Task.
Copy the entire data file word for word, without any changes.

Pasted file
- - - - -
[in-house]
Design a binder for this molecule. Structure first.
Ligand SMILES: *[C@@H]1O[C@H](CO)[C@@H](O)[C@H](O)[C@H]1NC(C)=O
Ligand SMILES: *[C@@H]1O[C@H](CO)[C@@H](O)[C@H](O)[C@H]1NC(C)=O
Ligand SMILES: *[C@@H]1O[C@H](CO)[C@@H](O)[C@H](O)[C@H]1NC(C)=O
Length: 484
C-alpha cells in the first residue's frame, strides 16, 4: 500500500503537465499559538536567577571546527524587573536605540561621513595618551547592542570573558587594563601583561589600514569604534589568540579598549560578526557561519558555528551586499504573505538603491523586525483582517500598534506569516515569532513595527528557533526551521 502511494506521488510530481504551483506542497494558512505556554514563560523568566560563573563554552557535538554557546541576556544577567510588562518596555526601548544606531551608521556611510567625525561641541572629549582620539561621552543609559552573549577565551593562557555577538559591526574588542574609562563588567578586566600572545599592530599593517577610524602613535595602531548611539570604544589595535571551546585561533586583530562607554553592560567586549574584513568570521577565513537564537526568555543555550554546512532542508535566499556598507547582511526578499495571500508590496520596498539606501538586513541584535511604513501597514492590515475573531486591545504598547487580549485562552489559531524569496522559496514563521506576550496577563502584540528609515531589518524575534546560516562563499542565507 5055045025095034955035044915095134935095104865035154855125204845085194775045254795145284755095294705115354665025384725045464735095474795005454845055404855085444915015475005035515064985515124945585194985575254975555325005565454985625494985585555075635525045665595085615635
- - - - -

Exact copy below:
[in-house]
Design a binder for this molecule. Structure first.
Ligand SMILES: *[C@@H]1O[C@H](CO)[C@@H](O)[C@H](O)[C@H]1NC(C)=O
Ligand SMILES: *[C@@H]1O[C@H](CO)[C@@H](O)[C@H](O)[C@H]1NC(C)=O
Ligand SMILES: *[C@@H]1O[C@H](CO)[C@@H](O)[C@H](O)[C@H]1NC(C)=O
Length: 484
C-alpha cells in the first residue's frame, strides 16, 4: 500500500503537465499559538536567577571546527524587573536605540561621513595618551547592542570573558587594563601583561589600514569604534589568540579598549560578526557561519558555528551586499504573505538603491523586525483582517500598534506569516515569532513595527528557533526551521 502511494506521488510530481504551483506542497494558512505556554514563560523568566560563573563554552557535538554557546541576556544577567510588562518596555526601548544606531551608521556611510567625525561641541572629549582620539561621552543609559552573549577565551593562557555577538559591526574588542574609562563588567578586566600572545599592530599593517577610524602613535595602531548611539570604544589595535571551546585561533586583530562607554553592560567586549574584513568570521577565513537564537526568555543555550554546512532542508535566499556598507547582511526578499495571500508590496520596498539606501538586513541584535511604513501597514492590515475573531486591545504598547487580549485562552489559531524569496522559496514563521506576550496577563502584540528609515531589518524575534546560516562563499542565507 5055045025095034955035044915095134935095104865035154855125204845085194775045254795145284755095294705115354665025384725045464735095474795005454845055404855085444915015475005035515064985515124945585194985575254975555325005565454985625494985585555075635525045665595085615635